Challenging the status quo
Shooting Stars uses evidence, impact and research to challenge the systems and institutions that adversely impact Aboriginal girls and women. By undertaking regular yarning circles, a uniquely Aboriginal methodology, with Aboriginal girls, women, and their communities, Shooting Stars is able to identify barriers and facilitators to their empowerment. From this research, Shooting Stars has been able to continuously improve its program and develop and implement a number of projects to help overcome certain barriers and challenges our participants face.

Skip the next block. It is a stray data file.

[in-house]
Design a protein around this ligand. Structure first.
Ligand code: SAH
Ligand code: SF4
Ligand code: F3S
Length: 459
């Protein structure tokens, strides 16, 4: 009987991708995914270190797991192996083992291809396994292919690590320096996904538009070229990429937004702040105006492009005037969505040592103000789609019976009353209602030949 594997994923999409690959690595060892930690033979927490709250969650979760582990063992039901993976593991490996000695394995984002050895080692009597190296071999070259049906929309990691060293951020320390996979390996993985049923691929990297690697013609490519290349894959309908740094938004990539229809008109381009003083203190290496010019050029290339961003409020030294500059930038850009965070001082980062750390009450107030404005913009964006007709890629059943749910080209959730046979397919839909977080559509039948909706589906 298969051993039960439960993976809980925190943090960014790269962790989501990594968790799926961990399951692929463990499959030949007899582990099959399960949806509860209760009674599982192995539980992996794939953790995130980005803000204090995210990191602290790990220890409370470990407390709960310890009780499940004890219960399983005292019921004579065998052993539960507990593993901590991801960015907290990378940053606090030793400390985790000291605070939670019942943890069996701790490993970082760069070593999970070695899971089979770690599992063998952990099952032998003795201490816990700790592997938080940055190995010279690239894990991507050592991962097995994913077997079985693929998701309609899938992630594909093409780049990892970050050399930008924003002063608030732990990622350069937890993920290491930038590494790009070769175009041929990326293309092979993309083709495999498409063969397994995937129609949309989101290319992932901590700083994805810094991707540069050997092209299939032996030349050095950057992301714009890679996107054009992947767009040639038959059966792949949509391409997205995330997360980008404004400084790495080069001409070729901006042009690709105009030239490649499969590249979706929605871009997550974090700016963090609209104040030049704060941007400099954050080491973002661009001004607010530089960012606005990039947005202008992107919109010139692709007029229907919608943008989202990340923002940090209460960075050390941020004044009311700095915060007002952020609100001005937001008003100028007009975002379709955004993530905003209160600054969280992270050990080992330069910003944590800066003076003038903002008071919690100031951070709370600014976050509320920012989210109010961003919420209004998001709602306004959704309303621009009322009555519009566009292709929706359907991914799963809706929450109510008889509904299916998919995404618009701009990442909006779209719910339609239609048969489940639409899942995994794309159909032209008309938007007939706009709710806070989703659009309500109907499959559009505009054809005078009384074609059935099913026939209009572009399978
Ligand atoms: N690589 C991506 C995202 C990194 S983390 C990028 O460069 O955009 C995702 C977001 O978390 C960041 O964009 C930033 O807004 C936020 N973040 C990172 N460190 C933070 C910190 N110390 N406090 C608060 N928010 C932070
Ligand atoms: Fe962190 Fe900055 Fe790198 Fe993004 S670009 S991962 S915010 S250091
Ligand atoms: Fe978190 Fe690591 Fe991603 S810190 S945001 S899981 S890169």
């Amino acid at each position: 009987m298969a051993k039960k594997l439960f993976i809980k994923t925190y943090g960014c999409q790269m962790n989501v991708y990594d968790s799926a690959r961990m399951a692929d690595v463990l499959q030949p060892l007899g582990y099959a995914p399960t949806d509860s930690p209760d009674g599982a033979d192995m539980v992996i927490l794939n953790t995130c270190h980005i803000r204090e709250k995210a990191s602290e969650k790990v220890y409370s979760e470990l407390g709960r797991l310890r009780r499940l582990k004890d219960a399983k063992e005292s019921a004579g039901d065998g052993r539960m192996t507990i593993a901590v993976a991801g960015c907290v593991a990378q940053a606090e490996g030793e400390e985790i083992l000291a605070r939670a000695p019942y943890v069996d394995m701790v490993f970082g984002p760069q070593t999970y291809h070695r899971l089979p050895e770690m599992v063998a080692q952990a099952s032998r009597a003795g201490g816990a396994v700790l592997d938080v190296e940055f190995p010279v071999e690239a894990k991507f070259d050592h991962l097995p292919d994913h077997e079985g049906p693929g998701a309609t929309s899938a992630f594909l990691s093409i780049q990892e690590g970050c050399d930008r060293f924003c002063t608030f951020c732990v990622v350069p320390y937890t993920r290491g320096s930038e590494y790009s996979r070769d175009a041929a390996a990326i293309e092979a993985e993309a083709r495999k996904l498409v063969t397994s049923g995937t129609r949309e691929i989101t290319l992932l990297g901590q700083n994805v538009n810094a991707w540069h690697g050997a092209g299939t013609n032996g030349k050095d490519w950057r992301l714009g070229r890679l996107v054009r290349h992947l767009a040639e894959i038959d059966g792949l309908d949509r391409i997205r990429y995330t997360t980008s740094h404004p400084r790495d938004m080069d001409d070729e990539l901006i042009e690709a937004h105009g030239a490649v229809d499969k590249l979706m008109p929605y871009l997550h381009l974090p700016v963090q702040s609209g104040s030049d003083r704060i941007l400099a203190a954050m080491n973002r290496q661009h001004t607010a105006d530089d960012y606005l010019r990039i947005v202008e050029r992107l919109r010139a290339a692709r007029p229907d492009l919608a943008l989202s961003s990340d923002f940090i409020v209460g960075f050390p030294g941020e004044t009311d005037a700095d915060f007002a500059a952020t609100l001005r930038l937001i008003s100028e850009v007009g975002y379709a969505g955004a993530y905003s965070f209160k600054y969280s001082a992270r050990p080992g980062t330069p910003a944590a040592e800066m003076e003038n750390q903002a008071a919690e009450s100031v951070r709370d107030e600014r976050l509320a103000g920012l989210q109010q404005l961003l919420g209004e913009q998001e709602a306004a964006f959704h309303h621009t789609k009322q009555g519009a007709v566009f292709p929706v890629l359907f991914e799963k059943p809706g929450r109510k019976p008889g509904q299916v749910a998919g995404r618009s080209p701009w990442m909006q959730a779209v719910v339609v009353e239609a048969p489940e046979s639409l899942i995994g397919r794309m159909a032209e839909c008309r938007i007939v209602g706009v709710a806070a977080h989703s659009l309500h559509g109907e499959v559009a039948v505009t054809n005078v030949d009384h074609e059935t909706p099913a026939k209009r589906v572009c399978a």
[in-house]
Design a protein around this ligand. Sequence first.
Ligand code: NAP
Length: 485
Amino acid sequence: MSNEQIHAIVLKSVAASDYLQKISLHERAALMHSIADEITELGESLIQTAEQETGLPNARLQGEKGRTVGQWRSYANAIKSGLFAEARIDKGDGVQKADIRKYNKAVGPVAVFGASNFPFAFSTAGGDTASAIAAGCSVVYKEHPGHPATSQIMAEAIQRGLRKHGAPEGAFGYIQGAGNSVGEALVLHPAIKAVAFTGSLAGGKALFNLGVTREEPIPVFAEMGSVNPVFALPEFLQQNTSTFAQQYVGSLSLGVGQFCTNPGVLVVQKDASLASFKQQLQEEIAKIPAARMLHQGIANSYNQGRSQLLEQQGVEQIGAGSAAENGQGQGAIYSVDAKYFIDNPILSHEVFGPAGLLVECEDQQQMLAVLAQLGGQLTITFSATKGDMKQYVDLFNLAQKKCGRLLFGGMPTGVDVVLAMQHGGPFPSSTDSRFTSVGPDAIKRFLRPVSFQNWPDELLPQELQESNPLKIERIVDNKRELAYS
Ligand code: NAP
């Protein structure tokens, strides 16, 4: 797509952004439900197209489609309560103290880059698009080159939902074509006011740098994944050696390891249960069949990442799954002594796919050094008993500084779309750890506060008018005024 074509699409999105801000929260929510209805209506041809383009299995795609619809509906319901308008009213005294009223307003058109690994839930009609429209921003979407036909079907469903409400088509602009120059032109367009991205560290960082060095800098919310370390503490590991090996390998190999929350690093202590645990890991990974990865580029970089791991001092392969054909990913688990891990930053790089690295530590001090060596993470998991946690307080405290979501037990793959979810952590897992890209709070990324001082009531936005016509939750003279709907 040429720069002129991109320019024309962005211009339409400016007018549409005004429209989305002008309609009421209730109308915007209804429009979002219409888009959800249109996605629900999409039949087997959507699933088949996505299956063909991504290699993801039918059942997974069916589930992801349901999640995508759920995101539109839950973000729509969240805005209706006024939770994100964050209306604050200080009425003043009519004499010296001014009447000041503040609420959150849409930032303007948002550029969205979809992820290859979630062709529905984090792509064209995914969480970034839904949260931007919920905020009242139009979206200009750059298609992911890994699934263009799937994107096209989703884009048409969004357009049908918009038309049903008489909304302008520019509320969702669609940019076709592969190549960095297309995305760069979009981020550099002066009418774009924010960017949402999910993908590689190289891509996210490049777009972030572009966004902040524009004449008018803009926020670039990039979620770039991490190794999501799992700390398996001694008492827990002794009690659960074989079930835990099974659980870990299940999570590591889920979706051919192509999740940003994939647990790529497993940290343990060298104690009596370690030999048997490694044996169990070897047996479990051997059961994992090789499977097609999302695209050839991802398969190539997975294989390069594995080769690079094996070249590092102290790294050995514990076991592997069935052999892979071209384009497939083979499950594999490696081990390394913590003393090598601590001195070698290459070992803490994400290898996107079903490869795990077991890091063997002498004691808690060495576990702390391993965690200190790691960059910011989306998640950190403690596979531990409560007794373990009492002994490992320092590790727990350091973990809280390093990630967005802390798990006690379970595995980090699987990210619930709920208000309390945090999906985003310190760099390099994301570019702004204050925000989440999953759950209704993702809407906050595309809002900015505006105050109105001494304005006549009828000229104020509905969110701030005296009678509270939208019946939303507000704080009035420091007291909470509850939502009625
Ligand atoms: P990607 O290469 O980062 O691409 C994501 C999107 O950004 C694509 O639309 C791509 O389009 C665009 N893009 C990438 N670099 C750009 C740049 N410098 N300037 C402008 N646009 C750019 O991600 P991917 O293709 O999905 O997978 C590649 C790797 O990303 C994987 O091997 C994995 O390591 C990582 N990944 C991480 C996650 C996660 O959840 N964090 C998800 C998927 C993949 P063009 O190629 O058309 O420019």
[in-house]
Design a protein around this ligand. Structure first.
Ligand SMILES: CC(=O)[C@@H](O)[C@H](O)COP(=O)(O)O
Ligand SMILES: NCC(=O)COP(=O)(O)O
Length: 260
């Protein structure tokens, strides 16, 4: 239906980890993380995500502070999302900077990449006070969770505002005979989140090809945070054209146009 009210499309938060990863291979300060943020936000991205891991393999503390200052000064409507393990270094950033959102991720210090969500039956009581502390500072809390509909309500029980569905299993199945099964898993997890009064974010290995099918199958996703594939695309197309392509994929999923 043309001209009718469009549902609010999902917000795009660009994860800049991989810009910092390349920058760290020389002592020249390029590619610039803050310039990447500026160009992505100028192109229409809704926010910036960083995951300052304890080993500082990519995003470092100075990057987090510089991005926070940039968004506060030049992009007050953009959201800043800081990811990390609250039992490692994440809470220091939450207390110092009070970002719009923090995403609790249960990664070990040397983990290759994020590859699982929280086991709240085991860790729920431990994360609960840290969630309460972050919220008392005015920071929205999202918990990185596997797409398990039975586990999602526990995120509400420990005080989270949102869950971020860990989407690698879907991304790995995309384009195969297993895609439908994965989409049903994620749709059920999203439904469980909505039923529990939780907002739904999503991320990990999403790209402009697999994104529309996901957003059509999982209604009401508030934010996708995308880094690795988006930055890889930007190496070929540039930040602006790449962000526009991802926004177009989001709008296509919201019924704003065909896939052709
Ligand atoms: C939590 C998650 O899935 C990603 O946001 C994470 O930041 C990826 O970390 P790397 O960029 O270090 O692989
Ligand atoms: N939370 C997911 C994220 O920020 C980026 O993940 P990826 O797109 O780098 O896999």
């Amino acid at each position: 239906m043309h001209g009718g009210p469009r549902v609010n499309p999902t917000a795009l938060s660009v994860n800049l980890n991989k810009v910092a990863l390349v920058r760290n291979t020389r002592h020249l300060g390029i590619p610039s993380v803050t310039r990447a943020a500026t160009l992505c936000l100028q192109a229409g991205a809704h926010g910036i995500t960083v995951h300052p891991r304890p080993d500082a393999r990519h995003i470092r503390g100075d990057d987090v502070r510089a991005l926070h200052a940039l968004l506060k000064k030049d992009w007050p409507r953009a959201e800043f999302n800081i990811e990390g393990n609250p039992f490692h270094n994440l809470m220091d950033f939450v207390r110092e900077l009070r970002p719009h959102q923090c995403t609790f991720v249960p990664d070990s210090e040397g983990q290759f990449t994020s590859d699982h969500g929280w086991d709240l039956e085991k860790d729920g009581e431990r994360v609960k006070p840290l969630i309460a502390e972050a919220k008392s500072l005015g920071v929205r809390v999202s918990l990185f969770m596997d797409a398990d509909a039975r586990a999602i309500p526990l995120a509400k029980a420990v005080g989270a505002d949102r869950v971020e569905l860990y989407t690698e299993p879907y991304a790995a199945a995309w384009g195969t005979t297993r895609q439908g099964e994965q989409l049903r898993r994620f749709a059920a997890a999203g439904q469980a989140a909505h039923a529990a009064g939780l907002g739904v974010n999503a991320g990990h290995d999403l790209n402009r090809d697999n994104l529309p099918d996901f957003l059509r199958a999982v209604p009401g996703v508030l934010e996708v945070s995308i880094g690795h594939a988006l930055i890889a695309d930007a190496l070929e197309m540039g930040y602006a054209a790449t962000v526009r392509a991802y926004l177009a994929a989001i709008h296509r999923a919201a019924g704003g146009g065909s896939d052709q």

As part of the careful evaluation of our program, Shooting Stars undertakes regular yarning circles, a uniquely Aboriginal methodology, to gain feedback and recommendations from stakeholders. With Australian Institute of Aboriginal and Torres Strait Islander Studies Ethical Clearance, Shooting Stars facilitates yarning circles with our participants, localised steering committees, and the broader community to ensure our program is continuously evolving to best target barriers specific to the sites we operate in. Funded by the National Indigenous Australians Agency and Lotterywest, the Yarning with the Stars Project is carried out by the Shooting Stars staff and gauges participant’s attitudes towards school, education, health and wellbeing, as well as their identity and their future. Shooting Stars have conducted more than 100 Yarning Circles to date, and through this methodology have developed and implemented a number of projects to help overcome certain barriers and challenges our participants face. By giving our Shooting Stars a voice, they take ownership of the program within their community. To check out the Shooting Stars Yarning with the Stars research paper click below.